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Paul Andersen: Fair Game

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My 19-year-old son, Tait, called the other day. I was in my work-a-day world in front of the computer, my focus on the screen. His voice suddenly took me far away.

“Where are you?” I asked.

“I’m in a beautiful place, just under the peak of Mount Sopris. The sun is warm. The sky is blue. There’s no wind. I’m in shirtsleeves, not wearing gloves. This is perfect.”



Tait was checking in while on a solo ski tour, one of those adventures that make his mother nervous but which I encourage as a necessity for personal grounding.

Tait was visiting between classes in college at Prescott, Ariz. He had just finished a three-week block of Spanish intensive language study, living with a Mexican family in Old Kino Bay on the Sea of Cortez. He needed a reconnection to home.




Solo adventures have become a passion for this child of the mountains and deserts. All the outdoor lesson books teach not to go alone into the wilderness, but Tait assumes the responsibility. And so do we, his parents.

Certain precautions are taken. Tait carried a Spot Me emergency satellite transmitter – just in case. And he had his cellphone. But the greatest precaution is preparation and skill, the learned behavior of a young man who’s been out in the wilds most of his life and loves what it gives him. His foray up Sopris was yet another visit to the temple of nature.

He told me his route from Prince Creek Divide skiing the long approach to the Thomas Lakes Trailhead, climbing the switchbacks to the big meadow on the Hay Park Trail, veering up through the aspen groves on the winding trail to Thomas Lakes and then breaking trail high into the basin, above timberline, into an austere world of rock, snow and ice.

I asked him if he saw anyone else, and the answer was no. There was not even a broken track beyond the first big meadow. Within this huge expanse of wild lands, much of it designated wilderness, there was not one other person within miles. Tait’s high perch was his alone, a secluded place to feel the full force of the mountains.

This image conjures the Aldo Leopold quote: “What good are 40 freedoms without a blank spot on the map?” Leopold understood the importance of places where a person can exercise their freedom, not only as a citizen of a particular state or nation but as a planetary citizen able to roam pristine landscapes where the primal forces of creation remain fresh and close.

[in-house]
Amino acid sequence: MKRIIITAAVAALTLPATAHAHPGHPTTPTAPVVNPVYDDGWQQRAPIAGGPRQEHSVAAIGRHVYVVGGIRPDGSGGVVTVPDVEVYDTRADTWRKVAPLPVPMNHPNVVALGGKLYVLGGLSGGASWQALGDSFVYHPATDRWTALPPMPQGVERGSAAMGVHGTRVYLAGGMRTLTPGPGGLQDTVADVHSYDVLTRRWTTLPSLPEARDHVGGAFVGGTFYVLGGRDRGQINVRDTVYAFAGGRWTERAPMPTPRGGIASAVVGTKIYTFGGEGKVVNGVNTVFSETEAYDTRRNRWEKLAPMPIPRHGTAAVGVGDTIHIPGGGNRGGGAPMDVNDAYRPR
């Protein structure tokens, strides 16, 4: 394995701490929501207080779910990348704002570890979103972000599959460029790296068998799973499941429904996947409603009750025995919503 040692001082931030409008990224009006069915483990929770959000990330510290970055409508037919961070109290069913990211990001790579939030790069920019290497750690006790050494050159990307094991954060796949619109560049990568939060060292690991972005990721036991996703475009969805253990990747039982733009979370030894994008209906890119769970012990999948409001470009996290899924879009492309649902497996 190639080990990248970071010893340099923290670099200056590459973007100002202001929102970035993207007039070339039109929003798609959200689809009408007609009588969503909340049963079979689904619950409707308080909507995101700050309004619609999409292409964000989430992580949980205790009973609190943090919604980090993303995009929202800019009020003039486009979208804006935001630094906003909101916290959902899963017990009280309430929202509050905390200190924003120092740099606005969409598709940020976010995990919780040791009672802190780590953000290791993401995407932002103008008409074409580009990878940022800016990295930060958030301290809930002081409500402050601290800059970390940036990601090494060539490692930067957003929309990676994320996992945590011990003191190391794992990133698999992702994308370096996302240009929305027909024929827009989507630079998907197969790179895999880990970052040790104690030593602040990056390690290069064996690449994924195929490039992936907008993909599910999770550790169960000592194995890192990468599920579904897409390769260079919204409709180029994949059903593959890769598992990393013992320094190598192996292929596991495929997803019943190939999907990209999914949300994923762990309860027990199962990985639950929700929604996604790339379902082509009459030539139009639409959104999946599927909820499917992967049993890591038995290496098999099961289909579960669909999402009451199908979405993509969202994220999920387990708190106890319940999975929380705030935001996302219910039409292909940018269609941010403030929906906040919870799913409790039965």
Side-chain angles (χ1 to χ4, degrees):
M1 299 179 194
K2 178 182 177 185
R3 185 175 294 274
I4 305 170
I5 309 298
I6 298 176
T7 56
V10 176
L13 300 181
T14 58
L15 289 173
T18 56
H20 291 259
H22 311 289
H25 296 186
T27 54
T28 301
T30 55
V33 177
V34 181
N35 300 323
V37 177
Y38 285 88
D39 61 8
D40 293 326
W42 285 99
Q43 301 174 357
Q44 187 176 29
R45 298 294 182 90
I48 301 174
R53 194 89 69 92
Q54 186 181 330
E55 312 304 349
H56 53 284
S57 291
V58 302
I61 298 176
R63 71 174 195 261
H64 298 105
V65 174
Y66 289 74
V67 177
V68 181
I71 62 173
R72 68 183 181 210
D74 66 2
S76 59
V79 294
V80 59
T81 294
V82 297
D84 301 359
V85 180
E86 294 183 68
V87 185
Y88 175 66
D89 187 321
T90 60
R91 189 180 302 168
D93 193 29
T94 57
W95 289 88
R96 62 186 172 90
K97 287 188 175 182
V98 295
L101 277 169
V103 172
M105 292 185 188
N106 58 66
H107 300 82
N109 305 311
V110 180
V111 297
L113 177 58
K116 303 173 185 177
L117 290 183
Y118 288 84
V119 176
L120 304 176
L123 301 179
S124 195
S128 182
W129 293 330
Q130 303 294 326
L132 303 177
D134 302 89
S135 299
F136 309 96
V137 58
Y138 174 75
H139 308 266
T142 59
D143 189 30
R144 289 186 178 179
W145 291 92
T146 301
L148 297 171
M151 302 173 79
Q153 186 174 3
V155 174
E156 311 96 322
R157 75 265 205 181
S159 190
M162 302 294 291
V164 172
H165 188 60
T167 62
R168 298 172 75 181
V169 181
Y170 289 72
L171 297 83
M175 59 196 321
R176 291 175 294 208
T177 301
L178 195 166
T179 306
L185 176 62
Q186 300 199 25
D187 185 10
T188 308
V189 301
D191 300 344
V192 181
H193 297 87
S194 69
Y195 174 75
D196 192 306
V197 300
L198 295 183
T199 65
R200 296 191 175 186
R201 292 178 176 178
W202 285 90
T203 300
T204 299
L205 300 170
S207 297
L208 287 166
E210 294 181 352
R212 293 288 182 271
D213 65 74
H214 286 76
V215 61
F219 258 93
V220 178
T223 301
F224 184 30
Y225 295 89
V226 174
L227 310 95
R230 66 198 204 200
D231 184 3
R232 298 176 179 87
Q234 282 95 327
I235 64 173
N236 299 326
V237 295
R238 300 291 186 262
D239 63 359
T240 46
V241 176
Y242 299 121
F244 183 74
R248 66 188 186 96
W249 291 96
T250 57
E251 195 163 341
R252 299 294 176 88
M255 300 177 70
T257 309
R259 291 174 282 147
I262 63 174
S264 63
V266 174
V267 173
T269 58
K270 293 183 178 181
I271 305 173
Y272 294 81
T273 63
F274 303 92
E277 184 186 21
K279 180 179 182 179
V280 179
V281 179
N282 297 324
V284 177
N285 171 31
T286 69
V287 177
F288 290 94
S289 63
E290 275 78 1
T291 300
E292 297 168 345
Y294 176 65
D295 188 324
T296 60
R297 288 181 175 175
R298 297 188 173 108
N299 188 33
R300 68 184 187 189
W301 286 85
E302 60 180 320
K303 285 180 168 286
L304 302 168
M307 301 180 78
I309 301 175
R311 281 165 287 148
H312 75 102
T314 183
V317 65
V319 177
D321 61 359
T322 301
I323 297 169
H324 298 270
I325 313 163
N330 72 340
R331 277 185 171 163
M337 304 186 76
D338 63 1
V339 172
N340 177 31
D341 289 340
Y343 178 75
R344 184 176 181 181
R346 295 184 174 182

On skis, this experience is particularly profound because there is only one set of tracks to remind you of your solitude, one wavering double-track meandering through a deep forest, across a sun-lit meadow through myriad sparkles of snow.

It doesn’t cost anything to go to these places. There is no ticket price or entry fee because these lands are public. You simply go with the best intentions, which equates to a sense of discovery, both internal and external. You cannot ski into a mountain wilderness by yourself without penetrating deep into your own thoughts. That’s either the bonus to a day of exertion or the entire reason for going.

The Danish philosopher Soren Kierkegaard said, “Every day I walk myself into a state of well-being, and walk away from every illness. I have walked myself into my best thoughts and know no thought so burdensome that one cannot walk away from it.”

Kierkegaard was a depressed man, but he found solace in walking. A ski tour into the cathedral-like ramparts of Mount Sopris is likewise a tonic, a respite, a reminder of the insignificance of self against the awesome scale of nature. For many, the woes of life are more manageable in this realm.

Tait’s phone call left me feeling ebullient, optimistic. It gave me confidence to know that the power of nature, with all its life-affirming qualities, is available through a personal experience built on moments of awareness. One needn’t ski up Mount Sopris to find these moments. The wilderness temple has many chapels.

Paul Andersen’s column appears Mondays in The Aspen Times. He can be reached at andersen@rof.net.


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